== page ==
19-year-old Harper Carruthers struggled as she carried her two suitcases up the impossibly uneven steps. Her chest heaved as she swore under her breath, cursing her parents for sending her to this hell. Suburbia! For God's almighty sake, Suburbia! Why here? She hated it already! Did her parents think she'd love the place? She had to carry her bags, which her parents had made sure she'd packed as full as possible, almost two miles in high heels. "Great," she mumbled, finally reaching the door. She dug in her shorts pocket for the key to her new house. "I think I broke a freaking heel. Damn it, I hate this place!" She felt tears threatening, even.
She sighed when she couldn't find the stupid key. Where could she have put it? She swore she'd placed it directly in her right back pocket for safe-keeping. "Where the fudge else could I have possibly stuck it?" She fished around deeper, groaning. "This is just great! Fudging GREAT!" She had just turned around to go stalking back down the path looking for the key, when she noticed a small glittering object on the sandy ground. Upon closer inspection, she revealed it to be her key, the ticket to get into her new home. "Beautiful. Simply freaking beautiful. Cutest thing I've ever seen, really." She bent down and scooped it up, dusting it off. Wondering how she'd managed to drop it, she felt in her pocket, and wasn't even that surprised that there was a hole at the side. She'd put the key there, and when she'd shifted the wrong way trying to carry the bags, the key must have fallen out. That was why it hadn't been in her pocket.
Harper inserted the key into the lock, and turned the doorknob. She lugged her suitcases in the house, barely able to shut the screen door behind her. "I can't believe they would do this to me. Sending me to Suburbia, of all places in the world! Brilliant!" She deposited her bags in the living room and looked around the place. There was a second floor, of course, but the house was actually pretty small. Curses. At least she had it all to herself. There was nobody to share it with. She perked up a little at that thought.
Still. She sighed, walking into the obviously non-stocked kitchen. There was nothing in here – no food, clearly. They hadn't known when the place would be bought, apparently, so they didn't leave any food. "Man." She placed a hand over her stomach, pouting. "And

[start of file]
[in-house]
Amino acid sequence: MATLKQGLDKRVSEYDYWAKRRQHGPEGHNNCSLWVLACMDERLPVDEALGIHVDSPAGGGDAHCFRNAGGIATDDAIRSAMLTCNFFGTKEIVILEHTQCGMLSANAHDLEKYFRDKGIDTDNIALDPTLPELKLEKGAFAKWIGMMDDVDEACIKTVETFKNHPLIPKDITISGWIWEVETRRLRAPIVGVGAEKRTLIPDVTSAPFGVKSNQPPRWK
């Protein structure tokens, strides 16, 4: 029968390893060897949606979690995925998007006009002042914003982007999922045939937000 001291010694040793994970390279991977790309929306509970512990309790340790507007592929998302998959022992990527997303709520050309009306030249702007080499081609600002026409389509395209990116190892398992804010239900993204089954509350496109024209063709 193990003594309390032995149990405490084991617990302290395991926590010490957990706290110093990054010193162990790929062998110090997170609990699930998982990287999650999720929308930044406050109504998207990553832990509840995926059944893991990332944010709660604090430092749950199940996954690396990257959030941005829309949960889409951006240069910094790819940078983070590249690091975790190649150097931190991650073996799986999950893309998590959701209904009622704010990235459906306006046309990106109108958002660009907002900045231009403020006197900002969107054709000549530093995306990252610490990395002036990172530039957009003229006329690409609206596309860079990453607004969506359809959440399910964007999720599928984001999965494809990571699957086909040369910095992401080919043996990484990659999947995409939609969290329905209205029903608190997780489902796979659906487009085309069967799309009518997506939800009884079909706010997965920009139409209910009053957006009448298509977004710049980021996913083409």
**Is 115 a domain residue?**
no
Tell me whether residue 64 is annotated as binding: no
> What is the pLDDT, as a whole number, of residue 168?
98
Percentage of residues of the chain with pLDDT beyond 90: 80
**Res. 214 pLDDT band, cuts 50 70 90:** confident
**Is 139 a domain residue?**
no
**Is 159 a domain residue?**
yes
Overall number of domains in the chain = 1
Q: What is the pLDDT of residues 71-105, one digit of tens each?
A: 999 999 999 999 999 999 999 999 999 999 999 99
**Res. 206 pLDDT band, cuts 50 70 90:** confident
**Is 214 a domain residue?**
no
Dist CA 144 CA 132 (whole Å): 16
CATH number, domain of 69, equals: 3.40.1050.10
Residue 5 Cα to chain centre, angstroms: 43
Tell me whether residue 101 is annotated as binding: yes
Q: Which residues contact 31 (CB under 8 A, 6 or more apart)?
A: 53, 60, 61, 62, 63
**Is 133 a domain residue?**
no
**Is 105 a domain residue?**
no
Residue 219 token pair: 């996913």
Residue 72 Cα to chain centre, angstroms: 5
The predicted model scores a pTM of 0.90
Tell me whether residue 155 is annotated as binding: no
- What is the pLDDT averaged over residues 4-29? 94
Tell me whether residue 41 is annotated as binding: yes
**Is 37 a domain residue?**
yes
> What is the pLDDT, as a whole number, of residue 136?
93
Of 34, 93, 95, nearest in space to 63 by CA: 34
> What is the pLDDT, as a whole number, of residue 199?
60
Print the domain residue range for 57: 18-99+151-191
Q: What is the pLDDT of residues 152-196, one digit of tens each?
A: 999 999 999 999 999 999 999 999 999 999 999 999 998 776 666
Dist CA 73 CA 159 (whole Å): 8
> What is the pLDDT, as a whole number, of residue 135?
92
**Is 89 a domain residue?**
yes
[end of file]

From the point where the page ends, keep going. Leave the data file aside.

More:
just around lunchtime, too! Man, my luck lately!"
She checked to make sure the water was actually running here, and she felt her luck changing just a little. At least she didn't have to make a call to the plumber and fritter away her trust fund money.
Trust fund. Right. She made a face and hopped up onto the kitchen counter, twirling a strand of her light auburn hair. Not two weeks earlier, her family had decided something. Whereas Harper's twin brother Dan was going places, heading off to college and preparing to enter into the Carruthers family business – bee-keeping, of all ridiculous things her family could have been involved in – Harper showed no promise. She had barely graduated high school, maintaining a 2.9 GPA and managing to draw in all her efforts and pull off a 3.0 by the end of the year. She hadn't graduated with honors, of course, and she really had no plans for college. So, her parents finally made a heavy decision. Even though Harper had been bore a few minutes before Dan had been, and she was technically the "heiress", as corny as that sounded, they decided not to go through with that aforementioned plan. They had disowned Harper and put Dan in her position to take over their father's company. And then, to make her have a fun time and "forget" about it, they sent her out here. Ten thousand dollars in a trust fund, a new run-down shack in the suburbs of California, and crushed dreams. Sure, she never wanted to run an apiary – she wasn't at all sure what she wanted to do, actually – but it was better than living in the middle of white trash, rumors, lies, and the freaks that came out at night.
The place was pretty much furnished besides food. There was a couch and a chair in the living room, as well as a coffee table – as for TV, though, she would obviously have to buy her own. "Duuuuuuude," she moaned, as she thought of all the other things she'd have to buy for her house. Food, TV, a bed, new paint or wallpaper (she wasn't sure which she wanted), new paint for the outside of the house, a stereo system (she did love her music), and not to mention she'd have to find a college or something. Or a job. If this was where she'd be living from now on, she had to find something – or someone, she thought with a mischievous giggle – to occupy her time. She couldn't just resign herself to living the same boring existence that all these other people did. They gossiped, for one thing – she hated gossip. If you were going to say something about a person, you should say it to their face and get the beating you deserved. Or, you could just keep your big mouth shut and not spread rumors that could really hurt somebody. Herself, she usually chose the latter option. And for another thing, their houses were pretty much all the same – two stories, some freakishly gaudy pastel color, with a garage and two cars in the driveway. She could also imagine that all the women talked like Rochelle: "I do not need this, my man got two jobs!" Then they'd quit that job and go back to using their cars for shopping and the like while their husbands worked two jobs – supporting the family more than the average guy.
Psh. What a load of bull. She really hated people, especially the people here. Well, she didn't know any of them yet, obviously – but she was fairly sure she wouldn't like any of them. Or, if she did, only a select few.
She wandered out of the kitchen and decided that now would be the perfect time to go buy a car.
Though, she didn't know what for – you could walk and see the whole city.